You say, “How can I keep all of God’s commands. Nobody’s perfect. How am I ever going to get any answers?” God doesn’t demand perfection – He simply demands obedience. Example: I tell a 3-year-old, “Go clean up your room.” If 30 minutes later I go in and the room is half picked up and he doesn’t have everything in the exact order I want it, do I get upset about it? No – he’s only a 3-year-old, but he did the best he could. But if I come in a half hour after telling him to clean his room and he’s in front of the TV watching his Veggie Tales video, then do I get upset? You bet. Why? Because as a parent, I don’t expect perfection but I do expect obedience, an attitude of “I want to do what’s right.” So we ask, “Am I hiding something from God in my relationship? … Am I doing what I know He wants me to do at this point?”
Question #3: Do I really want God’s will for my life?
And this is the confidence that we have toward him, that if we ask anything according to his will he hears us. And if we know that he hears us in whatever we ask, we know that we have the requests that we have asked of him. – 1 John 5:14-15 (ESV)
When we ask according to God’s will then we have confidence in prayer and we know He’s going to answer. Most Christians make a big mistake in prayer: they go around constantly saying, “God, is it Your will that I ask for this?” over every little item. The real issue is not God, what is Your will regarding this specific circumstance? The real issue is “Am I in God’s will as a person?” If my life is in harmony with God, then my desires are going to be in harmony with God.
St. Augustine said: “Love God and do what you please.” Why did he say that? Because if you really love God with all your heart, you’re not going to want to do what displeases God. You get your life in God’s will and say, “To the best of my knowledge, I’m trying to do what’s right, Lord. I want to live in Your will.” Then you ask according to your desires.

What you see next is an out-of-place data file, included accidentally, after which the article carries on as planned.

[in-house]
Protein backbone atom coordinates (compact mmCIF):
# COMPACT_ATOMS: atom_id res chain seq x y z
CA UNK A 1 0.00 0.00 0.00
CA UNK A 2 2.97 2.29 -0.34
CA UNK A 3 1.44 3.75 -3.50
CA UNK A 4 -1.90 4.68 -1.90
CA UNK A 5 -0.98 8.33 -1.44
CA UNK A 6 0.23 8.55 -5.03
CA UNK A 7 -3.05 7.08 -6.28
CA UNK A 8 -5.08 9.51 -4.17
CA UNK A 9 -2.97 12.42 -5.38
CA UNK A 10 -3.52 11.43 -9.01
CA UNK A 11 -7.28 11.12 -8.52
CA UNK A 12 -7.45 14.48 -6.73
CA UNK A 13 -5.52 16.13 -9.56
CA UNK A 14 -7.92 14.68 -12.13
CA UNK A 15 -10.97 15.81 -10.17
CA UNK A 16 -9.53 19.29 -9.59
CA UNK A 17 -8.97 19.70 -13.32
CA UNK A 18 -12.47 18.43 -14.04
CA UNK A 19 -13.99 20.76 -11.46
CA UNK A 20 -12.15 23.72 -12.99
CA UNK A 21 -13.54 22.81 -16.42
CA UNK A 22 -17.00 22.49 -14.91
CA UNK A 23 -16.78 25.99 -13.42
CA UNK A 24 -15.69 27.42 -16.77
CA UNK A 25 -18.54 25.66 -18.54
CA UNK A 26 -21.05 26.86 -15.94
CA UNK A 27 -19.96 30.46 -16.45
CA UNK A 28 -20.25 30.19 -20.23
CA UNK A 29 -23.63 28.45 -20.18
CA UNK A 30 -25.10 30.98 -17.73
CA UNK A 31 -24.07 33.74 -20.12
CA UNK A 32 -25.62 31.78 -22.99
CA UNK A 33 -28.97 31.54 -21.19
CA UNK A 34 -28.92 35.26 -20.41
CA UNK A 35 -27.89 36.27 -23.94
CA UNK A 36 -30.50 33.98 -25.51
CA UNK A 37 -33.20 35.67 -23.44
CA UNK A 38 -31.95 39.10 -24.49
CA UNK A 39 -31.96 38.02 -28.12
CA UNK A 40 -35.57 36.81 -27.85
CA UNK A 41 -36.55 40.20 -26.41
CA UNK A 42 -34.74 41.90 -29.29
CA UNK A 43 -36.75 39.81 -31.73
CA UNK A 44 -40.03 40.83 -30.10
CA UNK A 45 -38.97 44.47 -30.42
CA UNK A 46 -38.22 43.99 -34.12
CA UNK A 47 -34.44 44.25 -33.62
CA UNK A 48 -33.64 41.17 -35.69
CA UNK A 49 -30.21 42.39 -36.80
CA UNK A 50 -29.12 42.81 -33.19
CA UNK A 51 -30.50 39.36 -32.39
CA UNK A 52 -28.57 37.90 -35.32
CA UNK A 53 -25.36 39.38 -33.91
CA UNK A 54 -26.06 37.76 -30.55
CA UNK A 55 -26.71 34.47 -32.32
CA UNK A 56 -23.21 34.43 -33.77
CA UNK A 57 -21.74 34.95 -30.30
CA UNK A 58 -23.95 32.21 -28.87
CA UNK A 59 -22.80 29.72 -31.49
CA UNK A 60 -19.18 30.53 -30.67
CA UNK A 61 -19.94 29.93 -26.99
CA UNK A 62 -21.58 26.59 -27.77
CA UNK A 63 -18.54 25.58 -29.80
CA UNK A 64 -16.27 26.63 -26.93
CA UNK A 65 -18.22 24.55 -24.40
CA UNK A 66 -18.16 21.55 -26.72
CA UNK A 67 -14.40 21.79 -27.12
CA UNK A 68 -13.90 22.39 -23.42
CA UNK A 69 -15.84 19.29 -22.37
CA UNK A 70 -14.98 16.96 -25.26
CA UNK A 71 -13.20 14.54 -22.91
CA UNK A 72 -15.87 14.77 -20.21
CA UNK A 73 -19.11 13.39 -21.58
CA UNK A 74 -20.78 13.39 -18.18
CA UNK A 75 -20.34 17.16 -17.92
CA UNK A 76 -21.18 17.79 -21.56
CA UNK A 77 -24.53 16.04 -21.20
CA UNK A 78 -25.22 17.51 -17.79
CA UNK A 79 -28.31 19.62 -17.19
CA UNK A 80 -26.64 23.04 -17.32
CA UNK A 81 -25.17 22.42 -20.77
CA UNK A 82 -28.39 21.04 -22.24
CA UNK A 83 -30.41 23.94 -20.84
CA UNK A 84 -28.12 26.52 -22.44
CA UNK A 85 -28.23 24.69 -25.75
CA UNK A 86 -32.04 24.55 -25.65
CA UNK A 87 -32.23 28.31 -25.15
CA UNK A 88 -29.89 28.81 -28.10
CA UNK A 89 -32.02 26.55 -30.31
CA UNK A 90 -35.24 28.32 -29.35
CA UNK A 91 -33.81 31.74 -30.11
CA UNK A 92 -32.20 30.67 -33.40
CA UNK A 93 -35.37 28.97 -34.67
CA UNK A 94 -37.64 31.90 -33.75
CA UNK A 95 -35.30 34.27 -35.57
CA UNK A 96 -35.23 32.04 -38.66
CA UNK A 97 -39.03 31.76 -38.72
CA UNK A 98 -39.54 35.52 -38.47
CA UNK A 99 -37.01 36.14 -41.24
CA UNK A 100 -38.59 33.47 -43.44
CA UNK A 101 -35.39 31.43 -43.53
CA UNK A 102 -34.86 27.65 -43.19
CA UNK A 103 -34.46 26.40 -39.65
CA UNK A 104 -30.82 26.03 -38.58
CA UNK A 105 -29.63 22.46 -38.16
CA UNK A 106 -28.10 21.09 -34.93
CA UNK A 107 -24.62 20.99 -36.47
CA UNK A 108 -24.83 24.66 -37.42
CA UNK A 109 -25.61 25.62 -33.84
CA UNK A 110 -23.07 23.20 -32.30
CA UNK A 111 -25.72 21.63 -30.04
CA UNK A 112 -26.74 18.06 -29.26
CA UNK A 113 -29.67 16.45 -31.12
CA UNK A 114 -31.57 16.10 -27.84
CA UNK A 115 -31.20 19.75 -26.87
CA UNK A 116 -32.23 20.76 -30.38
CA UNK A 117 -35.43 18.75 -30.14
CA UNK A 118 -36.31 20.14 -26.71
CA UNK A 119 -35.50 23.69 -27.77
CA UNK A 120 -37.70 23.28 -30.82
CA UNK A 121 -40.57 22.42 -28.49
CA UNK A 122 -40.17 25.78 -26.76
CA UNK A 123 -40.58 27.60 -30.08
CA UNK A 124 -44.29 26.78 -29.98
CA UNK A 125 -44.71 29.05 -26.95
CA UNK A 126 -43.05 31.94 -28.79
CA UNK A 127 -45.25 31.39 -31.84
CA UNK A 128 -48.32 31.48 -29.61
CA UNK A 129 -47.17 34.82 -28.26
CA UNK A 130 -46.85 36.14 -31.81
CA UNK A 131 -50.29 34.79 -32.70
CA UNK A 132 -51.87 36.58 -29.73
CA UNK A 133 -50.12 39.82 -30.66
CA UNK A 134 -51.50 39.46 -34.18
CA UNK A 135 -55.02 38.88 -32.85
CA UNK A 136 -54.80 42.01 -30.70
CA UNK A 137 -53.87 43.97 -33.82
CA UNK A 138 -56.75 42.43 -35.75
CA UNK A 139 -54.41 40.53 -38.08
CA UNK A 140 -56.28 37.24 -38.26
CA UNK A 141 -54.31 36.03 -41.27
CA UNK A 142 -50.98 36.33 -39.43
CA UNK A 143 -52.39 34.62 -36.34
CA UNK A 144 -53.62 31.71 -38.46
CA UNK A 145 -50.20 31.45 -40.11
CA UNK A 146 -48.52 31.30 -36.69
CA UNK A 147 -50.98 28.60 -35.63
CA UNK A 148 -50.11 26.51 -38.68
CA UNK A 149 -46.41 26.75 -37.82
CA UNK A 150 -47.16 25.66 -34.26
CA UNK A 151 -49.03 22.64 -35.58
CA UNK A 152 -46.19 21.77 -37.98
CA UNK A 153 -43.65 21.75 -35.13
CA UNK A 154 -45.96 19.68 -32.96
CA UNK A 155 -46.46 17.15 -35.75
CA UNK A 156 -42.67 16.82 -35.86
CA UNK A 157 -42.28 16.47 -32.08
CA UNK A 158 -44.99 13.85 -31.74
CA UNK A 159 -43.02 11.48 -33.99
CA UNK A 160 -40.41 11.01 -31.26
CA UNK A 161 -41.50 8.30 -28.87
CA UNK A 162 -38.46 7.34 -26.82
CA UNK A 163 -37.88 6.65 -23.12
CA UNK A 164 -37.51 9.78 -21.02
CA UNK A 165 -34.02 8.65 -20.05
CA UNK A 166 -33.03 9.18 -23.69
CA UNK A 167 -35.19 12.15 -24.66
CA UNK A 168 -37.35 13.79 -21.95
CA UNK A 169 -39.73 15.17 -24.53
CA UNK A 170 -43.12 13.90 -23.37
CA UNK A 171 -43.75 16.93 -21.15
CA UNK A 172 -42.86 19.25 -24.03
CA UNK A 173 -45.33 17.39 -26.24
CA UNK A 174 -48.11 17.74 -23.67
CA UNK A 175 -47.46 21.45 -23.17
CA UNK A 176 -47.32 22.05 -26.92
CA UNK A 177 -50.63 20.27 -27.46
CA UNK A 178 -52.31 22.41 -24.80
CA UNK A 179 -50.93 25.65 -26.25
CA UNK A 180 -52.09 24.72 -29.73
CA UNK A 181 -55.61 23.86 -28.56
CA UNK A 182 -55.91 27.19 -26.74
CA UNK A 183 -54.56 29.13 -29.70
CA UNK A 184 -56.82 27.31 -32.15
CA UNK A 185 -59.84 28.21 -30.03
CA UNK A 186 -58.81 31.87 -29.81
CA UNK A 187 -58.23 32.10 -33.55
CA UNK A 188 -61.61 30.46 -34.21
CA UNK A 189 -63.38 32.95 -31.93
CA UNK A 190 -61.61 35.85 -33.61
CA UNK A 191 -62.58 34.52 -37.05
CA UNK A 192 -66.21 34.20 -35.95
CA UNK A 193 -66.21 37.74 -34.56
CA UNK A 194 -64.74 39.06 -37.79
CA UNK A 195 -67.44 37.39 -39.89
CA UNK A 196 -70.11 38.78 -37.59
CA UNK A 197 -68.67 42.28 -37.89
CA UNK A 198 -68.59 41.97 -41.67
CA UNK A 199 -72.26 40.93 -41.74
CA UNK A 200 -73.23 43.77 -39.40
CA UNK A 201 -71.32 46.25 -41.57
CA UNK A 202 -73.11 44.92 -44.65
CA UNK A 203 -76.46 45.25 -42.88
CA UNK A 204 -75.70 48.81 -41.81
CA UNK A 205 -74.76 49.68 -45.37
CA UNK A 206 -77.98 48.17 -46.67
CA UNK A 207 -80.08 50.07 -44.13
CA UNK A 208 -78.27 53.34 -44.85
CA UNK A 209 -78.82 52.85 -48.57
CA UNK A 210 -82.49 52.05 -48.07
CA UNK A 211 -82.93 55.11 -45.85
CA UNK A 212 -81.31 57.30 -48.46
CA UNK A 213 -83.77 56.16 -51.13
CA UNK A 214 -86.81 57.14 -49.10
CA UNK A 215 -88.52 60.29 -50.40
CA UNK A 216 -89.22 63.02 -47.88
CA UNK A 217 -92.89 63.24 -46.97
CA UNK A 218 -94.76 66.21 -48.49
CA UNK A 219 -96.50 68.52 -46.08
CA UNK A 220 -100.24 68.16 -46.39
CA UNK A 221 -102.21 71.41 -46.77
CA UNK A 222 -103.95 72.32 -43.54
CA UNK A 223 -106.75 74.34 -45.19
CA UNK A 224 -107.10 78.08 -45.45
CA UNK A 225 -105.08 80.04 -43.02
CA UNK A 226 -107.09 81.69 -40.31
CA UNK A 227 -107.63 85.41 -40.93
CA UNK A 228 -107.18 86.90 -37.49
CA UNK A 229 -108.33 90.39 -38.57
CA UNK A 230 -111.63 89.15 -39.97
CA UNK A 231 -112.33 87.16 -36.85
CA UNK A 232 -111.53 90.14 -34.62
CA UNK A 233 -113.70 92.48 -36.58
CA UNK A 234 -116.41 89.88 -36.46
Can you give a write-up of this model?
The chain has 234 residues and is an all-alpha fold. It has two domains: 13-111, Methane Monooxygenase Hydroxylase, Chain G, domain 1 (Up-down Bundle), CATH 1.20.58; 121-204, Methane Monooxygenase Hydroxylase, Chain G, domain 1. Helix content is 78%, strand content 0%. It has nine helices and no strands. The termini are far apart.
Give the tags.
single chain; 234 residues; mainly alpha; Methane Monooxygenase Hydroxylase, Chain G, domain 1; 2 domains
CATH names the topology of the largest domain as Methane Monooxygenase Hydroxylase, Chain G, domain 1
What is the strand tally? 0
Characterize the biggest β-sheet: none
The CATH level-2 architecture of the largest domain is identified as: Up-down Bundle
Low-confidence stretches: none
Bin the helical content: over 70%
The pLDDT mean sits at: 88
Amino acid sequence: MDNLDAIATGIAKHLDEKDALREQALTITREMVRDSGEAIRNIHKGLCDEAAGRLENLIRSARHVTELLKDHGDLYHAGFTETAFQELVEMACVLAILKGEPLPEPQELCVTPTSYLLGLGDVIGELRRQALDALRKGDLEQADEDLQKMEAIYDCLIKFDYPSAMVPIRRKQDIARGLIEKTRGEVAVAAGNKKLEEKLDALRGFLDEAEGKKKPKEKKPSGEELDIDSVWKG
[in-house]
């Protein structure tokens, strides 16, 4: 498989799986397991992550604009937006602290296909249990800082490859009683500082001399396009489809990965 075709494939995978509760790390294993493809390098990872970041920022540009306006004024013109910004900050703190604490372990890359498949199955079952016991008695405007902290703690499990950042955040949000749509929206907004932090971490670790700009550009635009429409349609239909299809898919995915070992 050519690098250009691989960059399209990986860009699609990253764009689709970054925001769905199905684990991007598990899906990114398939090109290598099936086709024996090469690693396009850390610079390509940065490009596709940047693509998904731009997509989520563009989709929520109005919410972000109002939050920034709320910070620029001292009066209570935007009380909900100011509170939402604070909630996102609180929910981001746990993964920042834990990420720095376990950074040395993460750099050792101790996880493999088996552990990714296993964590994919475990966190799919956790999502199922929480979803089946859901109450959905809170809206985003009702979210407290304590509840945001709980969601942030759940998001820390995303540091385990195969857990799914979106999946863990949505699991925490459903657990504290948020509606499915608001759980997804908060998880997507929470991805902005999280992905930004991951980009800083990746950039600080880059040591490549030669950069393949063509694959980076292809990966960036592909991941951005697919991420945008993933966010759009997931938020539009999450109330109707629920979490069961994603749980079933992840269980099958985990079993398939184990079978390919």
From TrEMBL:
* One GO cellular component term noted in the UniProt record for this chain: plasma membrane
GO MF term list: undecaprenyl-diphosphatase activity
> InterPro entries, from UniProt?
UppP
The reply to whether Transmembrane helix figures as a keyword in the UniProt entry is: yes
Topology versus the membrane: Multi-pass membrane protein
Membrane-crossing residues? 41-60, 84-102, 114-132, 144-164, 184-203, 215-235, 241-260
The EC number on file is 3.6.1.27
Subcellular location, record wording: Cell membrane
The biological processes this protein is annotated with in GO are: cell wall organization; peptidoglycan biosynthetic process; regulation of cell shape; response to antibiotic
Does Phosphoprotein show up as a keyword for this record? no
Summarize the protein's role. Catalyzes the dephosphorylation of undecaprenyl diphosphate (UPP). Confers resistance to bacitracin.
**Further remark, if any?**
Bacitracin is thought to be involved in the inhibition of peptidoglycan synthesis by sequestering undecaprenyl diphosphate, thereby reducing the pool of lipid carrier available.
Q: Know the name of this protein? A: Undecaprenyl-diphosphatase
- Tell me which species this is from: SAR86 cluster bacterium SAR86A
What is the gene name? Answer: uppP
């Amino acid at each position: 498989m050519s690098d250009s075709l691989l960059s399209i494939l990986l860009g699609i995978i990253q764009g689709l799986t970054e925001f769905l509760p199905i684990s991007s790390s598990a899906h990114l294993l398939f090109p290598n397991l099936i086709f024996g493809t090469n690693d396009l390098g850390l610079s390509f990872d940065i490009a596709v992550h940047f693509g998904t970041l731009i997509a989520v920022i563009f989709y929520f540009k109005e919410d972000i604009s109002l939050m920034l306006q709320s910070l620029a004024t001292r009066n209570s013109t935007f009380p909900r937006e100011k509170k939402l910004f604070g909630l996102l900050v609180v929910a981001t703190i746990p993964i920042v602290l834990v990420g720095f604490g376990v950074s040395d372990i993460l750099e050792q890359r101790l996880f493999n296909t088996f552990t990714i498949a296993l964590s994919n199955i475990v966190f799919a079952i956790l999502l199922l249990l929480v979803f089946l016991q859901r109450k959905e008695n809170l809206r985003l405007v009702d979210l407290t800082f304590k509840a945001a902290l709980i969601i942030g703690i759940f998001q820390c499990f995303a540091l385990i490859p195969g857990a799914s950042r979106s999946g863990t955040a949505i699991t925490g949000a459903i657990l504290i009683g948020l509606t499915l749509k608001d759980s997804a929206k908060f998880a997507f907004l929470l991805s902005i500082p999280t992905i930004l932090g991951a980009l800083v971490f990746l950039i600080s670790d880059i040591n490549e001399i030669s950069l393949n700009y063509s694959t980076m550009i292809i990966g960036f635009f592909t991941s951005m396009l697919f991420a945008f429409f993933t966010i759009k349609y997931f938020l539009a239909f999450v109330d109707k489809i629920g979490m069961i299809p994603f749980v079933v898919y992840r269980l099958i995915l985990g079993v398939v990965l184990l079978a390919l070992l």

- A FORGIVING ATTITUDE
More than any other characteristic in the Bible except perhaps faith, the number one discipline related to prayer is forgiveness. I have dealt with this one in my own life – After being wrongly treated by a group of people; I harbored a deep bitterness against them for a couple of years. I didn’t even realize how bad it was, until after I forgave them. It is hard to describe to you the freedom that I felt before God once I rid myself of the bitterness that I’d allowed to grow in my own life.
Over and over again, when Jesus talks about prayer He talks about forgiveness. Why? Because nothing will kill your prayers faster than resentment. When you hold a grudge, when you nurse an ill feeling, when you allow bitterness to grow in your life, it knocks out the effectiveness of your prayers. Maybe you’re praying and not getting an answer because you’re holding a grudge against somebody today – you need to forgive before you can expect an answer. What do you pray every time you pray the Lord’s Prayer?
Forgive us our sins, as we forgive those who sin against us. – Luke 11:4a (NLT)
If you’re holding onto some kind of grudge today, the only person it is hurting is you and your relationship to God.
- A GENEROUS NATURE
Let’s make this real simple: If you expect God to bless your life you must be willing to bless other people’s lives with the same benefits God has given to you. That is a basic Scriptural principle:
Whoever closes his ear to the cry of the poor will himself call out and not be answered. – Proverbs 21:13 (ESV)
God says if you pay no attention to other people’s legitimate needs, why should He pay attention to your needs? God wants us to be like Him, so He sets as a pre-requisite for blessing our lives the requirement that we are a blessing to other people. If we ignore those who are in obvious difficulty around us, what right do we have to expect God to bail us out?
Whatever we ask we receive from him, because we keep his commandments and do what pleases him. And this is his commandment that we believe in the name of his Son Jesus Christ and love one another, just as he has commanded us. – 1 John 3:22-23 (ESV)
God says that one of the ways we keep His commands is by loving other people. How do we love other people?
But if anyone has the world’s goods and sees his brother in need, yet closes his heart against him, how does God’s love abide in him? – 1 John 3:17 (ESV)